Summary: Cortical thinning over time was associated with bipolar patients who experienced more manic episodes. The changes were most evident in the prefrontal cortex, an area of the brain associated with emotional control and executive function.
Bipolar disorder (BD) is a debilitating psychiatric disorder characterized by fluctuating periods of depression and mania. Researchers have long suspected that BD may be accompanied by abnormal structural and functional changes in the brain. Small cross-sectional brain imaging studies of people with BD have shown hints at those changes, but the ability to interpret data collected at a single timepoint is limited.
Now, a multi-center longitudinal study shows aberrant changes over time in the brains of people with BD. Some changes were specifically associated with more episodes of mania.
The report appears in Biological Psychiatry.
The study involved a large international multi-center team of more than 70 researchers from the ENIGMA Bipolar Disorder Working Group.
“The ENIGMA Bipolar Disorder Working Group report illustrates the power of large-scale multi-center collaboration,” said John Krystal, MD, Editor of Biological Psychiatry. “Longitudinal neuroimaging studies are extremely challenging to conduct. Here, by combining data from 14 sites, we get one of the clearest pictures we have of the neurotoxic impact of bipolar disorder, particularly manic episodes.”
The researchers gathered magnetic resonance imaging (MRI) and detailed clinical data from 307 people with BD and from 925 healthy controls (HC) from 14 clinical sites worldwide. Participants were assessed at two timepoints, ranging from six months to nine years apart.
The most striking finding was that the cortex, the brain’s outermost layer, thinned over time to a greater extent in people who experienced more manic episodes. Those who did not have mania showed no cortical thinning or even cortical thickening. The changes were most evident in the prefrontal cortex (PFC), an area associated with executive control and emotion regulation.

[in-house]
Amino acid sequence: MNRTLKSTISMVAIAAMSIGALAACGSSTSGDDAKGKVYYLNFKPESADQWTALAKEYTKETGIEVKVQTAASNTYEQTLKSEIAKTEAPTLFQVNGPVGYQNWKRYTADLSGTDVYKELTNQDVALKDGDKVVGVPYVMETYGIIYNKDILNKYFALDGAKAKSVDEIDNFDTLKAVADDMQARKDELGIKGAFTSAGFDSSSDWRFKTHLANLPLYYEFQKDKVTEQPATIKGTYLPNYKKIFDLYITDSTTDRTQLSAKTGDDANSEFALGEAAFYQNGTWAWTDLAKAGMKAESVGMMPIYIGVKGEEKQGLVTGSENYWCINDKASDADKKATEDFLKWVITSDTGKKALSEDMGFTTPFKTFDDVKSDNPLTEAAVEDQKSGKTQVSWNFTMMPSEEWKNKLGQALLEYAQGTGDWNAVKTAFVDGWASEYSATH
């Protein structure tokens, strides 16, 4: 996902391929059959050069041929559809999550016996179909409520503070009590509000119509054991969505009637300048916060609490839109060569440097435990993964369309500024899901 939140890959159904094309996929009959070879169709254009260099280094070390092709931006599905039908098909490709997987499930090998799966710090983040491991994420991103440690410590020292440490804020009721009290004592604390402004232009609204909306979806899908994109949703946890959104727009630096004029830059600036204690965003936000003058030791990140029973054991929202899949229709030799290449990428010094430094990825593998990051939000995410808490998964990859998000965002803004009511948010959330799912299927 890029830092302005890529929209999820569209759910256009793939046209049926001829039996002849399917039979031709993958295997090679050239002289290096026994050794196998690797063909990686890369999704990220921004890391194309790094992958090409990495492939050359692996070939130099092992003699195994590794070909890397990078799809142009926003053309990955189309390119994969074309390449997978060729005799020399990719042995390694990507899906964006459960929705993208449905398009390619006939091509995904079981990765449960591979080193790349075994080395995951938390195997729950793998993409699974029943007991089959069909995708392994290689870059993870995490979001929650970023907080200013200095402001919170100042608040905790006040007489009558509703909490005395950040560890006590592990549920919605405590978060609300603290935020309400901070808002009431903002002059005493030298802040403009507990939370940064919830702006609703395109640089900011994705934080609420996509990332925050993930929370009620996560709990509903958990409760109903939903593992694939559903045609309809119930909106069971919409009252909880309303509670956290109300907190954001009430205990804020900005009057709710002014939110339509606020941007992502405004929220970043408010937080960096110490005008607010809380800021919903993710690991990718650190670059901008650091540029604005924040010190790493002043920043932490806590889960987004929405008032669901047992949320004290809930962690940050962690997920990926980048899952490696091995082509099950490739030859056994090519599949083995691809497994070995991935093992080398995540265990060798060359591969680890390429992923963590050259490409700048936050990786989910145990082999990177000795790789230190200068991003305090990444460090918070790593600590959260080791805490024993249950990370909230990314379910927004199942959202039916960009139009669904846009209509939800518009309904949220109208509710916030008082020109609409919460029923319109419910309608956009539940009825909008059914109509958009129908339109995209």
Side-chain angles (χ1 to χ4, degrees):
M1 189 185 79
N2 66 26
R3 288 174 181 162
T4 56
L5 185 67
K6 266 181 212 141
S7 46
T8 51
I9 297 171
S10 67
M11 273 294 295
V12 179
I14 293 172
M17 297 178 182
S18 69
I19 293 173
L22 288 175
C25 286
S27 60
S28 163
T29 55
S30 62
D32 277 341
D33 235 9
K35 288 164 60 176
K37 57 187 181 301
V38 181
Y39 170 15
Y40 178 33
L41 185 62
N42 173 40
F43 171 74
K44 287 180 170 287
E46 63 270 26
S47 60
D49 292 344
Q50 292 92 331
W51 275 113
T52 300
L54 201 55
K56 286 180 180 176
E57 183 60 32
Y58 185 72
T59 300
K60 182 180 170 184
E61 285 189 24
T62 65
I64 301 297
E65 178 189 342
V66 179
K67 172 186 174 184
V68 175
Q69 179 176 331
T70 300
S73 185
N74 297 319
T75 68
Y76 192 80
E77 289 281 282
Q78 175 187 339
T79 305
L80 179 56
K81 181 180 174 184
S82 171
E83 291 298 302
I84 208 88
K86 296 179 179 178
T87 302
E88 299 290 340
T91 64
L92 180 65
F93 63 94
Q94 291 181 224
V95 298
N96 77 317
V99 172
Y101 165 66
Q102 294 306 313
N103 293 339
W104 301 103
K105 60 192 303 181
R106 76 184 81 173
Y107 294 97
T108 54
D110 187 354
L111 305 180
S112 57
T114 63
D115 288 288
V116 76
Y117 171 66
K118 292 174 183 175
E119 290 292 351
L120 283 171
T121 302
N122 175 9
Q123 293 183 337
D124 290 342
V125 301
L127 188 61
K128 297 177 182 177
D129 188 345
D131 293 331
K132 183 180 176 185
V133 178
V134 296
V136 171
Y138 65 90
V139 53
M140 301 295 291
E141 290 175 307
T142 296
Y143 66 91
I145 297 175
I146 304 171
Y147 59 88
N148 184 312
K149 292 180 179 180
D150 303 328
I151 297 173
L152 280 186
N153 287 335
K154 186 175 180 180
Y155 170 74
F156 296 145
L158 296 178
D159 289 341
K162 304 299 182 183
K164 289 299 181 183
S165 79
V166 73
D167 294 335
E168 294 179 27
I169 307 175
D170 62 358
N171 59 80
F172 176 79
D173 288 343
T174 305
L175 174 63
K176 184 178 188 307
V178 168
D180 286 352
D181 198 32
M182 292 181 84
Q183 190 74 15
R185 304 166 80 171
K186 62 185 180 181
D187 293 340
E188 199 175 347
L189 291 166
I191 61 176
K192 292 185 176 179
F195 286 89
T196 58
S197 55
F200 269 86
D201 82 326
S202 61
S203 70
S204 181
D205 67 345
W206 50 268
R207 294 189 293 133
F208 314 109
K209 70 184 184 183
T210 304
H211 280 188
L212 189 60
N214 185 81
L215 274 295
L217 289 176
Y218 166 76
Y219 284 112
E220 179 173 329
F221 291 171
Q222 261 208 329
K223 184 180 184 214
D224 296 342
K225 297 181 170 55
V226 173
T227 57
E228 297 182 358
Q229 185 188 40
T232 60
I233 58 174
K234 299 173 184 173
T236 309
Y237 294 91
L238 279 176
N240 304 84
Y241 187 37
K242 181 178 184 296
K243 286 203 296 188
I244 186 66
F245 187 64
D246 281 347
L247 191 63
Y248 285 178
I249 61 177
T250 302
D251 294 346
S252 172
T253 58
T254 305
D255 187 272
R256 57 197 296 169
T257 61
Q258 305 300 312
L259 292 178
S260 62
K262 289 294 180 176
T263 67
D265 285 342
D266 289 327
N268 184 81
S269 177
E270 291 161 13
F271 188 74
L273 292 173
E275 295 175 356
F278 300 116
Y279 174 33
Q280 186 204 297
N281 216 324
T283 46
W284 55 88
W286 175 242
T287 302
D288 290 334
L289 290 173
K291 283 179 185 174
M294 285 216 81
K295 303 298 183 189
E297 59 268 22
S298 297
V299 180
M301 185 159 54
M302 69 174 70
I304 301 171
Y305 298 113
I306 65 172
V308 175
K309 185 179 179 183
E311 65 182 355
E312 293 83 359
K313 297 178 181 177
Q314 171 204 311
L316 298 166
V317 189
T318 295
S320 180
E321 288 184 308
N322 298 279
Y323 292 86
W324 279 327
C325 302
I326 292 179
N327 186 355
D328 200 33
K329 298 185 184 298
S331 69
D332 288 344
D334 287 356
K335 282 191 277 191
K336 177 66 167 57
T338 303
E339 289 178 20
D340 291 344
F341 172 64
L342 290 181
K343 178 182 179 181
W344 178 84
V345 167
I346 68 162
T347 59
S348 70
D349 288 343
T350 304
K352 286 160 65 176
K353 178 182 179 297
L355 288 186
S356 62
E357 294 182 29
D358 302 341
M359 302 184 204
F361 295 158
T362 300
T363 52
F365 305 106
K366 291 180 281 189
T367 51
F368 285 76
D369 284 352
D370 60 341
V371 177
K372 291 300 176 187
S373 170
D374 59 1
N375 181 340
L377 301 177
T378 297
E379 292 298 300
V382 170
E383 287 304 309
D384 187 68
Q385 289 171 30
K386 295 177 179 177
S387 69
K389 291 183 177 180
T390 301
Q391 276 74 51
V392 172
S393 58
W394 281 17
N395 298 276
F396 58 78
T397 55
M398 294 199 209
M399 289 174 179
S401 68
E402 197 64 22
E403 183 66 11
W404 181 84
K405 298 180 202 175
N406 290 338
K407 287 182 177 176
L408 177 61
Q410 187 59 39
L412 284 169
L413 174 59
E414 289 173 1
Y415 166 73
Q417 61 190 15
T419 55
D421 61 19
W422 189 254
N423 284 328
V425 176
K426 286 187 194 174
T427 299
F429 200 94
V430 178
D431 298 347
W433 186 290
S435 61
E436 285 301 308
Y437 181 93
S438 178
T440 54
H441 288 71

“The fact that cortical thinning in patients related to manic episodes stresses the importance of treatment to prevent mood episodes and is important information for psychiatrists,” said senior author Mikael Landén, MD, PhD, Professor and Chief Physician at the Institute of Neuroscience and Physiology, University of Gothenburg, Sweden.
“Researchers should focus on better understanding the progressive mechanisms at play in bipolar disorder to ultimately improve treatment options.”
Compared to HC, people with BD showed a faster enlargement in the brain’s ventricles, cavities within the brain that contain cerebrospinal fluid. In cortical areas outside the PFC, BD participants actually showed slower thinning than HC participants.
Lead author Christoph Abé, PhD, Assistant Professor, Karolinska Institutet, Sweden, said: “The abnormal ventricle enlargements and importantly the associations between cortical thinning and manic symptoms indicate that bipolar disorder may in fact be a neuroprogressive disorder, which could explain the worsening of bipolar symptoms in some patients.”
One possibility to explain why BD patients may have slower thinning of the cortex compared to HC is that lithium, a medication used to treat BD, is known to have neuroprotective effects and could bolster cortical thickness. Regardless, the study provides new clues about the structural effects of BD on the brain over time.
About this bipolar disorder research news
Author: Rhiannon Bugno Source: Elsevier Contact: Rhiannon Bugno – Elsevier Image: The image is in the public domain
Longitudinal structural brain changes in bipolar disorder: A multicenter neuroimaging study of 1,232 individuals by the ENIGMA Bipolar Disorder Working Group
Bipolar disorder (BD) is associated with cortical and subcortical structural brain abnormalities. It is unclear whether such alterations progressively change over time, and how this is related to the number of mood episodes. To address this question, we analyzed a large and diverse international sample with longitudinal magnetic resonance imaging (MRI) and clinical data to examine structural brain changes over time in BD.
Longitudinal structural MRI and clinical data from the ENIGMA-BD Working Group, including 307 BD patients and 925 healthy controls (HC), were collected from 14 sites worldwide. Male and female participants, aged 40 ± 17 years, underwent MRI at two time points. Cortical thickness, surface area, and subcortical volumes were estimated using FreeSurfer. Annualized change rates for each imaging phenotype were compared between BD and HC. Within patients, we related brain change rates to the number of mood episodes between time points and tested for effects of demographic and clinical variables.
Compared with HC, BD patients showed faster enlargement of ventricular volumes and slower thinning of fusiform and parahippocampal cortex (0.18<d<0.22). More (hypo)manic episodes were associated with faster cortical thinning, primarily in the prefrontal cortex.
In the hitherto largest longitudinal MRI study on BD, we did not detect accelerated cortical thinning but noted faster ventricular enlargements in BD. Abnormal fronto-cortical thinning was however observed in association with frequent manic episodes. Our study yields insights into disease progression in BD, and highlights the importance of mania prevention in BD treatment.